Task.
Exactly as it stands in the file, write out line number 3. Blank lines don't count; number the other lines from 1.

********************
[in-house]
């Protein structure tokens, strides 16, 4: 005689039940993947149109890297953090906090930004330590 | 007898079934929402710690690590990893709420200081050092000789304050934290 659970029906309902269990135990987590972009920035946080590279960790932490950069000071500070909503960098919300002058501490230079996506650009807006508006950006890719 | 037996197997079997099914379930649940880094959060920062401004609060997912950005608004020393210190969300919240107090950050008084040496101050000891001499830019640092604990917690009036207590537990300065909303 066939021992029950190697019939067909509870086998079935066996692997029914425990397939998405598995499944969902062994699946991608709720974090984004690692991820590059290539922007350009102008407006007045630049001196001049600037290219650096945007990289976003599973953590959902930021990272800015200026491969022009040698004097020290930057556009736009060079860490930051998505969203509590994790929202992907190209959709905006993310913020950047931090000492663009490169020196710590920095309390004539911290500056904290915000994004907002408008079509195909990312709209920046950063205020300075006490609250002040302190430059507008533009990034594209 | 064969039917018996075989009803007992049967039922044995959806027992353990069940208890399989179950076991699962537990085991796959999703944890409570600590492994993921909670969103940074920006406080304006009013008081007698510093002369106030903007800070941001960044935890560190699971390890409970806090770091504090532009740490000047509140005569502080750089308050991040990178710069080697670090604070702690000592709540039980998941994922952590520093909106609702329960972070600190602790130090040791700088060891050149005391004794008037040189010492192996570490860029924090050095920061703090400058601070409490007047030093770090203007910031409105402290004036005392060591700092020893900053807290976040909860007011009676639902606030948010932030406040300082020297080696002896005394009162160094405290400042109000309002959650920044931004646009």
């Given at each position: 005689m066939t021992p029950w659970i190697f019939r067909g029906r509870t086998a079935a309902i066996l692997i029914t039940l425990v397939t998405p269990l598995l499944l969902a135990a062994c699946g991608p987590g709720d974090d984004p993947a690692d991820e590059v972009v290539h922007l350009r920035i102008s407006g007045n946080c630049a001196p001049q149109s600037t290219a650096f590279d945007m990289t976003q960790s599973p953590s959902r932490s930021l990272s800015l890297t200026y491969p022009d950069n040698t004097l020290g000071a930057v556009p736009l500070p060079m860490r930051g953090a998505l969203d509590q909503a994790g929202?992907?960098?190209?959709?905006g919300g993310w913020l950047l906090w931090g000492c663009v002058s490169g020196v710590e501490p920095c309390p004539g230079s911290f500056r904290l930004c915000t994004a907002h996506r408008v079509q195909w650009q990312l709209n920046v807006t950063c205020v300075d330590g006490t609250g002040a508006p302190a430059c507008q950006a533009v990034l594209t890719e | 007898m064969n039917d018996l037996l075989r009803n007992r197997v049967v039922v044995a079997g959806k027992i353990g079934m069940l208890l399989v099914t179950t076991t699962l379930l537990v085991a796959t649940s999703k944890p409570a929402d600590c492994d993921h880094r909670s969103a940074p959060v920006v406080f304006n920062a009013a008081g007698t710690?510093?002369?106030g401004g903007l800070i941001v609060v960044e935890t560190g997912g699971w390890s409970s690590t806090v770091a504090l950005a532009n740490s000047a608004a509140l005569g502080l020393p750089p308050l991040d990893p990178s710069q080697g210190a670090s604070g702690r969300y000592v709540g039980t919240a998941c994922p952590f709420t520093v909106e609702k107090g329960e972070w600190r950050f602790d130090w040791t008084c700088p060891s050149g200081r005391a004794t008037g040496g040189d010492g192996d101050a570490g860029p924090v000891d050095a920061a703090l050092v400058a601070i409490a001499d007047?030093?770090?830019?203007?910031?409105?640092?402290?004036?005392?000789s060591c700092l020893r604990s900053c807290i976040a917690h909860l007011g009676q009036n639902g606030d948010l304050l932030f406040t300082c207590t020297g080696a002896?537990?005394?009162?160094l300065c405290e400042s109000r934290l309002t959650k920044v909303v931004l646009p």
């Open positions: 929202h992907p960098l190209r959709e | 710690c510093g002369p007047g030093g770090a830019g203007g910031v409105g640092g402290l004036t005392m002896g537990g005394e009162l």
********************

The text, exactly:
């Given at each position: 005689m066939t021992p029950w659970i190697f019939r067909g029906r509870t086998a079935a309902i066996l692997i029914t039940l425990v397939t998405p269990l598995l499944l969902a135990a062994c699946g991608p987590g709720d974090d984004p993947a690692d991820e590059v972009v290539h922007l350009r920035i102008s407006g007045n946080c630049a001196p001049q149109s600037t290219a650096f590279d945007m990289t976003q960790s599973p953590s959902r932490s930021l990272s800015l890297t200026y491969p022009d950069n040698t004097l020290g000071a930057v556009p736009l500070p060079m860490r930051g953090a998505l969203d509590q909503a994790g929202?992907?960098?190209?959709?905006g919300g993310w913020l950047l906090w931090g000492c663009v002058s490169g020196v710590e501490p920095c309390p004539g230079s911290f500056r904290l930004c915000t994004a907002h996506r408008v079509q195909w650009q990312l709209n920046v807006t950063c205020v300075d330590g006490t609250g002040a508006p302190a430059c507008q950006a533009v990034l594209t890719e | 007898m064969n039917d018996l037996l075989r009803n007992r197997v049967v039922v044995a079997g959806k027992i353990g079934m069940l208890l399989v099914t179950t076991t699962l379930l537990v085991a796959t649940s999703k944890p409570a929402d600590c492994d993921h880094r909670s969103a940074p959060v920006v406080f304006n920062a009013a008081g007698t710690?510093?002369?106030g401004g903007l800070i941001v609060v960044e935890t560190g997912g699971w390890s409970s690590t806090v770091a504090l950005a532009n740490s000047a608004a509140l005569g502080l020393p750089p308050l991040d990893p990178s710069q080697g210190a670090s604070g702690r969300y000592v709540g039980t919240a998941c994922p952590f709420t520093v909106e609702k107090g329960e972070w600190r950050f602790d130090w040791t008084c700088p060891s050149g200081r005391a004794t008037g040496g040189d010492g192996d101050a570490g860029p924090v000891d050095a920061a703090l050092v400058a601070i409490a001499d007047?030093?770090?830019?203007?910031?409105?640092?402290?004036?005392?000789s060591c700092l020893r604990s900053c807290i976040a917690h909860l007011g009676q009036n639902g606030d948010l304050l932030f406040t300082c207590t020297g080696a002896?537990?005394?009162?160094l300065c405290e400042s109000r934290l309002t959650k920044v909303v931004l646009p």